The Rev. Gregory Sheridan was described as a Dr. Jekyll and Mr. Hyde — “the nicest man in the world, but inside … were demons.” Anthony Rodrigue, another deceased San Diego cleric, was called “one of the most prolific and horrible pedophile priests” a lawyer had ever seen.
But the greatest nightmare to local Roman Catholic leaders might be “treble damages.”
In a press conference Thursday announcing a half-dozen lawsuits against the Catholic Diocese of San Diego and numerous local parishes, Attorney Irwin Zalkin wouldn’t put a price tag on how these and dozens of other legal actions in his pipeline might cost the diocese.
Still, Zalkin said a law that took effect Wednesday allows for the tripling of compensatory penalties if a cover-up can be shown at jury trials.
“I don’t think there’s any question we’ll be able to show there was a cover-up for decades,” he told eight TV crews and other reporters at a Carmel Valley area hotel.
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He said at least two local bishops — the late Charles F. Buddy and Leo T. Maher — would hide their “bad priests” in desert communities “where they thought the people there, mostly Hispanic, would not speak up.”
Zalkin said the bishop of Toledo gave Sheridan, already branded a predator priest, a letter and said: “You’re outta here. … If you can find some other bishop to take you in, good luck to you.”
Bishop Buddy of San Diego did, he said, accepting “problem priests.”
“He sort of thought it was his mission … to try to help them, when in fact there was no helping most of these guys,” Zalkin said at a 34-minute press conference.
Is a second San Diego bankruptcy filing possible — the first since 2007, when the diocese paid out nearly $200 million in a settlement with 144 adult victims of childhood sex abuse?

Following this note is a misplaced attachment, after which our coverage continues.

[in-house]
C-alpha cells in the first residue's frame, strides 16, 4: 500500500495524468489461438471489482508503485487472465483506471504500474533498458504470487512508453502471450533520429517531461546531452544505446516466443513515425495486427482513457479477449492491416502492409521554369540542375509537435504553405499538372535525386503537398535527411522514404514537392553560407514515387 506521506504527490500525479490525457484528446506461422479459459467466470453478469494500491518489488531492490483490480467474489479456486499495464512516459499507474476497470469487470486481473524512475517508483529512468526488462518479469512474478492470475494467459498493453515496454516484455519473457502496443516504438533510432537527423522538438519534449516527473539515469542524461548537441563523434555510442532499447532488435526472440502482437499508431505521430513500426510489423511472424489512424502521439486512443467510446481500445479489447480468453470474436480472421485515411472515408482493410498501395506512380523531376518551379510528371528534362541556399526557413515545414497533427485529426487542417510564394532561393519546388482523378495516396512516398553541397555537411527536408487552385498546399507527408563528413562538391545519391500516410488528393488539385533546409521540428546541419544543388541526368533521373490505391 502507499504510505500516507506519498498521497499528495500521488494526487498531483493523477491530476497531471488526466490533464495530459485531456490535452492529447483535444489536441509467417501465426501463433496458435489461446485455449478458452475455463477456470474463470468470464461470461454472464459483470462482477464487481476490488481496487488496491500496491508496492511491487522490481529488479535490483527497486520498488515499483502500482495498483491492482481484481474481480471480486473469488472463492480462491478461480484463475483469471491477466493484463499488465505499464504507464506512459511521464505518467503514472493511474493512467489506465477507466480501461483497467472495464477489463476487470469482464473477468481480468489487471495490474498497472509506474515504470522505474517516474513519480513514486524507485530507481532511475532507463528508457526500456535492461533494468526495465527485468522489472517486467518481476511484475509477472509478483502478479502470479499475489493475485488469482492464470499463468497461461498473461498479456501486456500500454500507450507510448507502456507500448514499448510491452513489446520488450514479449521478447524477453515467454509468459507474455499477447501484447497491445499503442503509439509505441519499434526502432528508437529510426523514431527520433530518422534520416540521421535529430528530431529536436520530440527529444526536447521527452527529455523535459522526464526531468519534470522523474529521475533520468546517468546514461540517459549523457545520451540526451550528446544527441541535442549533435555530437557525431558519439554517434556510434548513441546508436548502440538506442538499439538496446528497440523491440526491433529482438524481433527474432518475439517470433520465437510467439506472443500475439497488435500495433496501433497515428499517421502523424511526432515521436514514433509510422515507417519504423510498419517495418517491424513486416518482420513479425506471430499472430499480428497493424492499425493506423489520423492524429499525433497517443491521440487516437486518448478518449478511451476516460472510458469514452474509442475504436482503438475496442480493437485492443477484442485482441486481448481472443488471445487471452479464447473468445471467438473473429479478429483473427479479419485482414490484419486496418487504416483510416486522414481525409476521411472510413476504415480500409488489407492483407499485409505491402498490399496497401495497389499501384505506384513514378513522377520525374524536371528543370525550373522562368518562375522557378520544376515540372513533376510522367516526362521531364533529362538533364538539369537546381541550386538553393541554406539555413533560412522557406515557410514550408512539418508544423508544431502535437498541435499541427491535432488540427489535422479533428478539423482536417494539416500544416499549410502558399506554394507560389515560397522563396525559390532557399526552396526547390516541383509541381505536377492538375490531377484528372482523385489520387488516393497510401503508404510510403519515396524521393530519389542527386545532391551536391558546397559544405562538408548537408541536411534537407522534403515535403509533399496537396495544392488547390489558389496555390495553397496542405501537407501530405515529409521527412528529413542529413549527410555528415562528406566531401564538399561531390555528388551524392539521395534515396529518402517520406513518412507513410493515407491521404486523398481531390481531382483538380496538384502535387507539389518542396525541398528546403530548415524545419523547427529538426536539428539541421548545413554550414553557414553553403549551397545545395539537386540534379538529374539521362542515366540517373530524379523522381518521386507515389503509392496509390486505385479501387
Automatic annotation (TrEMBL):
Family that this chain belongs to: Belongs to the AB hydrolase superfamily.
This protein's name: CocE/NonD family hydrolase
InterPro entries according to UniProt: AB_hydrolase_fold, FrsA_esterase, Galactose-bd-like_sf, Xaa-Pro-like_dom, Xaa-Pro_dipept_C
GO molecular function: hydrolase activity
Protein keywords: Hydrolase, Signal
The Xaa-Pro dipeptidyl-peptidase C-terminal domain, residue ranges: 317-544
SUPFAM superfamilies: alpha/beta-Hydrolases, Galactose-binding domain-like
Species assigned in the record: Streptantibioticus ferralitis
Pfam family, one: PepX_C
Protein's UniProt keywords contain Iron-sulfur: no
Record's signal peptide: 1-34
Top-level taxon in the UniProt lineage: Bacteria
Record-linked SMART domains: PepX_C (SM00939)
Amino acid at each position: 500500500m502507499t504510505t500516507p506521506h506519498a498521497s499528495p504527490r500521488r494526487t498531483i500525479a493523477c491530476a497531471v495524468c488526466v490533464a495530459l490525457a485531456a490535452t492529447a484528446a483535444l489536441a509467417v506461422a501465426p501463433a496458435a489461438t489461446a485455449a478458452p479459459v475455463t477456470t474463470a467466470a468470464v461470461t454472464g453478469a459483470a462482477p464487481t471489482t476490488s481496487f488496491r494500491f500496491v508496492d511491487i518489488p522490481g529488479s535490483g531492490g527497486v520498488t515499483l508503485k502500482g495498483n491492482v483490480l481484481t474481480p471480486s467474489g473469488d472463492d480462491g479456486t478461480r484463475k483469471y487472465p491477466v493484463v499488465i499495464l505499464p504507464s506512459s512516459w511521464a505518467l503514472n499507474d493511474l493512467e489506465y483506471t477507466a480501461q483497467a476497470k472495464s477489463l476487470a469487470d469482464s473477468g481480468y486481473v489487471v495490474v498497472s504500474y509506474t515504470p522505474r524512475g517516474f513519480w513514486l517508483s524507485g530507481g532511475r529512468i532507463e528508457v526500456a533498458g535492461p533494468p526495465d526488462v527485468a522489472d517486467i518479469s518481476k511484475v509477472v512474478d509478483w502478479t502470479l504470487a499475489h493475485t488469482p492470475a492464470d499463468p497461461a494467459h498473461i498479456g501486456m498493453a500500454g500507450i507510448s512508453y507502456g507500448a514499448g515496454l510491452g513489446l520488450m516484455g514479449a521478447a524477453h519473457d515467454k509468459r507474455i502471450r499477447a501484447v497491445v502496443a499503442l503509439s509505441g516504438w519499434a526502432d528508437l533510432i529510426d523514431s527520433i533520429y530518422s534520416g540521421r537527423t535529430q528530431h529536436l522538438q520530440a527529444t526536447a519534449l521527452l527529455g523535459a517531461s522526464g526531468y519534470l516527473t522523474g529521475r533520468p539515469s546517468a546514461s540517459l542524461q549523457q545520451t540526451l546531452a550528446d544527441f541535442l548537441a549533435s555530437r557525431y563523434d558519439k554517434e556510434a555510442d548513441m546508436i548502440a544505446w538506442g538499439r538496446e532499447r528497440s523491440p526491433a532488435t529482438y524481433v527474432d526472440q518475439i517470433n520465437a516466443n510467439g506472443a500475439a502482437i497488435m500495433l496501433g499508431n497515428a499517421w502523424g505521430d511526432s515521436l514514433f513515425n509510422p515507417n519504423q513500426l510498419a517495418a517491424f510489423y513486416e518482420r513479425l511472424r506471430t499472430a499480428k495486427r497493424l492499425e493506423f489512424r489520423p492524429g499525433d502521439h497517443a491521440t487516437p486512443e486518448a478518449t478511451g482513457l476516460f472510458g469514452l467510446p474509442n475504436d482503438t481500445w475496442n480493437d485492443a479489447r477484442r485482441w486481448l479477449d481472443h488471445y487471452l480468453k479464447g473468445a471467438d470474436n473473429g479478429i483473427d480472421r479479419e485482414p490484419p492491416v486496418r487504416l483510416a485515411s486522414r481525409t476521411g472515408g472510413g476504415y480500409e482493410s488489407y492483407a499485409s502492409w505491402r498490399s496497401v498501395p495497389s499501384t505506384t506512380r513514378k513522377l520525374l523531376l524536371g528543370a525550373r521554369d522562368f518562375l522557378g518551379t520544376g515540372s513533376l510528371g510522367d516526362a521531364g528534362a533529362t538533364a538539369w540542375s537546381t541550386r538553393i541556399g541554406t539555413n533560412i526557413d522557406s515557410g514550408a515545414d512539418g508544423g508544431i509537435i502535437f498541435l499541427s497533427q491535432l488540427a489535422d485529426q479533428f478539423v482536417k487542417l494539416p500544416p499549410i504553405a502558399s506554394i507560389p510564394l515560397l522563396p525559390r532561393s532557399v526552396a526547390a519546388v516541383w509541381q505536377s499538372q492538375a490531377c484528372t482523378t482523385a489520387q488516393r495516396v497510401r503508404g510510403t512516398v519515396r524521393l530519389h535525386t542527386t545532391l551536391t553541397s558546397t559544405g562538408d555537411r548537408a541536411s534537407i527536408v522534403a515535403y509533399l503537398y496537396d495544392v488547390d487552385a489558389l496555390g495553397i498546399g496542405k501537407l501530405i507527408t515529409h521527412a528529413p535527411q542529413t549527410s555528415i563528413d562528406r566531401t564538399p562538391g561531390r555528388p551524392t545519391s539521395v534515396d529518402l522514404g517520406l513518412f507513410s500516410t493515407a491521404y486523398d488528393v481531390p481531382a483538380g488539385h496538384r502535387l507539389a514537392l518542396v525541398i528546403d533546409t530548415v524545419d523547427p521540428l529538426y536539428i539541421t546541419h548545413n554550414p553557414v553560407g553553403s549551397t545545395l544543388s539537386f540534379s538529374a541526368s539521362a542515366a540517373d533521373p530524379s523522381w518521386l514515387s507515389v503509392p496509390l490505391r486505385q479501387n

“I suppose that’s a possibility,” Zalkin said. “But from what we know and learned last time around, they have substantial assets, they have insurance.”
Lawsuits filed Thursday in San Diego Superior Court were made possible by recently enacted legislation allowing such legal action even if the alleged abuse occurred outside the statute of limitations.
The suits allege abuse in the 1960s and ’70s by now-deceased priests who operated throughout San Diego County. The victims were previously unable to pursue legal action against the diocese, but recently enacted AB 218 expands the statute of limitations and opened a three-year window starting this year for victims to file suit.
Zalkin said that each time abuse was discovered, priests were simply moved to other parishes where they could continue their behavior, with free access to new victims.
- Listen: Audio of press conference with attorney Zalin and plaintiff Edward Ortega
- Read: San Diego Diocese’s Statement Regarding New Lawsuits (PDF)
Zalkin’s office filed lawsuits Thursday on behalf of 20 San Diego victims, but he said around 60 additional complaints are still being prepared and would be filed within the next 60 to 90 days.
“This is only the beginning,” Zalkin said. “Now (the victims) have a chance to be heard and to hold this diocese accountable.”
Priests targeted in Thursday’s lawsuits are:
- Robert Koerner, who worked out of a parish in Calipatria
- Peter Marron, who served in San Diego
- Alexander Pinter, who served in Vista
- Joseph Rossell, who served in National City, San Diego, Carlsbad, El Cajon and Oceanside
- And Sheridan, who served in San Diego, Ramona, and Fallbrook, and Rodrigue, who served in La Jolla, Lakeside, Encinitas, Poway and other locations in Riverside, San Bernardino and Imperial counties
Kevin C. Eckery, vice chancellor and diocese spokesman, released a statement Thursday decrying the actions of abusive priests and urging victims to contact the church for compensation and counseling, which they can receive whether or not they decide to take legal action.
“Regardless of the legal issues involved, we have a moral obligation to provide assistance to any victim-survivor of that abuse and we would urge their attorney to contact us so that counseling can be arranged at our expense,” Eckery said.
Complaints filed Tuesday:
- Jane Roe 25 and Jane Roe 50 vs. Defendants, diocese and others (PDF)
- Jane Roe 51 and Jane Roe 52 vs. Defendant, diocese and others (PDF)
- Marvin Mayne, James Black, John Roe 71, John Roe 74 and John Roe 75 vs. Defendants, diocese and others (PDF)
- John Roe 57, John Roe 60, John Roe 68, John Roe 100 and John Roe 101 vs. Defendant, diocese and others (PDF)